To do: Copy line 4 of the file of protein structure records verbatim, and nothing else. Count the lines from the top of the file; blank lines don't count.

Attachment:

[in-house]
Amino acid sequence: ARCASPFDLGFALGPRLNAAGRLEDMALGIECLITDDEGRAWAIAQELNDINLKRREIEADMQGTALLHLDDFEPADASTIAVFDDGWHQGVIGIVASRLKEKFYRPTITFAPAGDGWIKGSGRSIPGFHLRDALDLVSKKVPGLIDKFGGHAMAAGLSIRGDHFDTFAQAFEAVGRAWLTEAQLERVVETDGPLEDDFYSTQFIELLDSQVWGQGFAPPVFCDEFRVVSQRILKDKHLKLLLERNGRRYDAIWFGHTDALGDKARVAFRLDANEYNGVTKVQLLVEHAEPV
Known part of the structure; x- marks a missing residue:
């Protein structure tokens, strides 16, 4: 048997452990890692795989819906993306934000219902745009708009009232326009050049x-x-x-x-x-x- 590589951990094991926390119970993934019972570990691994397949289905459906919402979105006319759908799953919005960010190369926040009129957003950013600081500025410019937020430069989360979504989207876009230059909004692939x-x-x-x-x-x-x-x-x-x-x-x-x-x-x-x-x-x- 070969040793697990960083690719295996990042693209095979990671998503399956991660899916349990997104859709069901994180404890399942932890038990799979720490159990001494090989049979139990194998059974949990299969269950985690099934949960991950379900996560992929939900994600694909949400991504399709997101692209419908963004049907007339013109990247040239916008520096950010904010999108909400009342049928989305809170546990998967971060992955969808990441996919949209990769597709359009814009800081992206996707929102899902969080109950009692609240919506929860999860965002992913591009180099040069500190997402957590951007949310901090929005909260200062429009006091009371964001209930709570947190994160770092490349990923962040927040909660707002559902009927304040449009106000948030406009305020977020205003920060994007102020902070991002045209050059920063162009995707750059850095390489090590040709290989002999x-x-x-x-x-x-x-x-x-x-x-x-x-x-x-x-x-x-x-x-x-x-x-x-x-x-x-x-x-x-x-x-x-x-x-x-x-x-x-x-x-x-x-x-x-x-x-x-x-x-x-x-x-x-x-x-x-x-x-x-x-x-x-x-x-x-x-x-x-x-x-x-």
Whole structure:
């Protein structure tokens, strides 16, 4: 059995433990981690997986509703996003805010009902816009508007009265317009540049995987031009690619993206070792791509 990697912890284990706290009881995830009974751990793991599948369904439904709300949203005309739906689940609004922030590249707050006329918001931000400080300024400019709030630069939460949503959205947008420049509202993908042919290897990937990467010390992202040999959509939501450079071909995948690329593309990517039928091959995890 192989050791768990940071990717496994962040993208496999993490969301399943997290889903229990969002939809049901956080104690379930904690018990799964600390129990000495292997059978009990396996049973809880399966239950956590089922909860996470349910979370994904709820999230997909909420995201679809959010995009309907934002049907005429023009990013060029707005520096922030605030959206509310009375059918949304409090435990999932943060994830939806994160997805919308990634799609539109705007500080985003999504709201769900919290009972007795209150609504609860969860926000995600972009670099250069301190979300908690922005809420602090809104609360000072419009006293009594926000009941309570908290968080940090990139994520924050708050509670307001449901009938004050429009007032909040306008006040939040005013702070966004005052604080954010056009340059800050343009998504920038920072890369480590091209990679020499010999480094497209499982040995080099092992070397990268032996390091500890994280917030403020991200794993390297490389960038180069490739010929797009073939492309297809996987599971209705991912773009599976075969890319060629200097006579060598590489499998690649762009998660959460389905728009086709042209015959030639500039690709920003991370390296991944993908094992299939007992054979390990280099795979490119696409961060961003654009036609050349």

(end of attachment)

């Protein structure tokens, strides 16, 4: 048997452990890692795989819906993306934000219902745009708009009232326009050049x-x-x-x-x-x- 590589951990094991926390119970993934019972570990691994397949289905459906919402979105006319759908799953919005960010190369926040009129957003950013600081500025410019937020430069989360979504989207876009230059909004692939x-x-x-x-x-x-x-x-x-x-x-x-x-x-x-x-x-x- 070969040793697990960083690719295996990042693209095979990671998503399956991660899916349990997104859709069901994180404890399942932890038990799979720490159990001494090989049979139990194998059974949990299969269950985690099934949960991950379900996560992929939900994600694909949400991504399709997101692209419908963004049907007339013109990247040239916008520096950010904010999108909400009342049928989305809170546990998967971060992955969808990441996919949209990769597709359009814009800081992206996707929102899902969080109950009692609240919506929860999860965002992913591009180099040069500190997402957590951007949310901090929005909260200062429009006091009371964001209930709570947190994160770092490349990923962040927040909660707002559902009927304040449009106000948030406009305020977020205003920060994007102020902070991002045209050059920063162009995707750059850095390489090590040709290989002999x-x-x-x-x-x-x-x-x-x-x-x-x-x-x-x-x-x-x-x-x-x-x-x-x-x-x-x-x-x-x-x-x-x-x-x-x-x-x-x-x-x-x-x-x-x-x-x-x-x-x-x-x-x-x-x-x-x-x-x-x-x-x-x-x-x-x-x-x-x-x-x-």